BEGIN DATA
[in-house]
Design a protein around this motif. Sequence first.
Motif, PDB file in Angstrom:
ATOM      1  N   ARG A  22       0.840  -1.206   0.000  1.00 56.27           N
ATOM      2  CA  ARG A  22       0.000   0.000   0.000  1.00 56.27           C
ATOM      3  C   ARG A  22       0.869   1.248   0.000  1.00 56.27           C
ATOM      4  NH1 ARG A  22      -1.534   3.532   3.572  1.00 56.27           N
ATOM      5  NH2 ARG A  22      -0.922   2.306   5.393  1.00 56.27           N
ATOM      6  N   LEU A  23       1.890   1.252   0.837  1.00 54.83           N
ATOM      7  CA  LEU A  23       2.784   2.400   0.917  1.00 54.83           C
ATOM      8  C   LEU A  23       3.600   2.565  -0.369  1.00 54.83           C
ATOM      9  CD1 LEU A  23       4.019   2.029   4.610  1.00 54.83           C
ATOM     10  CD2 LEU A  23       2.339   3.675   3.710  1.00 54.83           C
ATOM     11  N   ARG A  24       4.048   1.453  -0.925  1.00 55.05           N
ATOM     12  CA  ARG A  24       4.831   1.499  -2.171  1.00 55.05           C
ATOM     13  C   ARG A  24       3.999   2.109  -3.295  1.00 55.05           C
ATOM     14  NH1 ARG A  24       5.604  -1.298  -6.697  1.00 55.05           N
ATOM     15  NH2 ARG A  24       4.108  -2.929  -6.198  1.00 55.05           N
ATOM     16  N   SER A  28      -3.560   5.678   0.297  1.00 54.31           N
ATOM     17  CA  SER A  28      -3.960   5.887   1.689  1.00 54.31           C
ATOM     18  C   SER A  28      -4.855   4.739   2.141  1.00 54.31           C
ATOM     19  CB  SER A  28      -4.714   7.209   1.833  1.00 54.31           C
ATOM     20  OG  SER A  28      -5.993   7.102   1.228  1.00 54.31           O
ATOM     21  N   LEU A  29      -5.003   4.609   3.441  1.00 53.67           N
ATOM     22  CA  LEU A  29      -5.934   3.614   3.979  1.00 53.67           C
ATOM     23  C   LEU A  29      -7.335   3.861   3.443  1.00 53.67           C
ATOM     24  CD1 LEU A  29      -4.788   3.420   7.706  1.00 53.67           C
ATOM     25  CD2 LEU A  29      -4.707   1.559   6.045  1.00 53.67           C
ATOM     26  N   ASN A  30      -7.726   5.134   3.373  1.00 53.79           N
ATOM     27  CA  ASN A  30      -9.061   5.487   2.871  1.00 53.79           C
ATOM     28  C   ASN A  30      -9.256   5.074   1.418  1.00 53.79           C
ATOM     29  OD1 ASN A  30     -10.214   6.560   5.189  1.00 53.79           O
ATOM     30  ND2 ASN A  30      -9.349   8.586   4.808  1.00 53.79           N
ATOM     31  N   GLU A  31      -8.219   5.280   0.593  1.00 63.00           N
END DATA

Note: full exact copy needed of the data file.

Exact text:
[in-house]
Design a protein around this motif. Sequence first.
Motif, PDB file in Angstrom:
ATOM      1  N   ARG A  22       0.840  -1.206   0.000  1.00 56.27           N
ATOM      2  CA  ARG A  22       0.000   0.000   0.000  1.00 56.27           C
ATOM      3  C   ARG A  22       0.869   1.248   0.000  1.00 56.27           C
ATOM      4  NH1 ARG A  22      -1.534   3.532   3.572  1.00 56.27           N
ATOM      5  NH2 ARG A  22      -0.922   2.306   5.393  1.00 56.27           N
ATOM      6  N   LEU A  23       1.890   1.252   0.837  1.00 54.83           N
ATOM      7  CA  LEU A  23       2.784   2.400   0.917  1.00 54.83           C
ATOM      8  C   LEU A  23       3.600   2.565  -0.369  1.00 54.83           C
ATOM      9  CD1 LEU A  23       4.019   2.029   4.610  1.00 54.83           C
ATOM     10  CD2 LEU A  23       2.339   3.675   3.710  1.00 54.83           C
ATOM     11  N   ARG A  24       4.048   1.453  -0.925  1.00 55.05           N
ATOM     12  CA  ARG A  24       4.831   1.499  -2.171  1.00 55.05           C
ATOM     13  C   ARG A  24       3.999   2.109  -3.295  1.00 55.05           C
ATOM     14  NH1 ARG A  24       5.604  -1.298  -6.697  1.00 55.05           N
ATOM     15  NH2 ARG A  24       4.108  -2.929  -6.198  1.00 55.05           N
ATOM     16  N   SER A  28      -3.560   5.678   0.297  1.00 54.31           N
ATOM     17  CA  SER A  28      -3.960   5.887   1.689  1.00 54.31           C
ATOM     18  C   SER A  28      -4.855   4.739   2.141  1.00 54.31           C
ATOM     19  CB  SER A  28      -4.714   7.209   1.833  1.00 54.31           C
ATOM     20  OG  SER A  28      -5.993   7.102   1.228  1.00 54.31           O
ATOM     21  N   LEU A  29      -5.003   4.609   3.441  1.00 53.67           N
ATOM     22  CA  LEU A  29      -5.934   3.614   3.979  1.00 53.67           C
ATOM     23  C   LEU A  29      -7.335   3.861   3.443  1.00 53.67           C
ATOM     24  CD1 LEU A  29      -4.788   3.420   7.706  1.00 53.67           C
ATOM     25  CD2 LEU A  29      -4.707   1.559   6.045  1.00 53.67           C
ATOM     26  N   ASN A  30      -7.726   5.134   3.373  1.00 53.79           N
ATOM     27  CA  ASN A  30      -9.061   5.487   2.871  1.00 53.79           C
ATOM     28  C   ASN A  30      -9.256   5.074   1.418  1.00 53.79           C
ATOM     29  OD1 ASN A  30     -10.214   6.560   5.189  1.00 53.79           O
ATOM     30  ND2 ASN A  30      -9.349   8.586   4.808  1.00 53.79           N
ATOM     31  N   GLU A  31      -8.219   5.280   0.593  1.00 63.00           N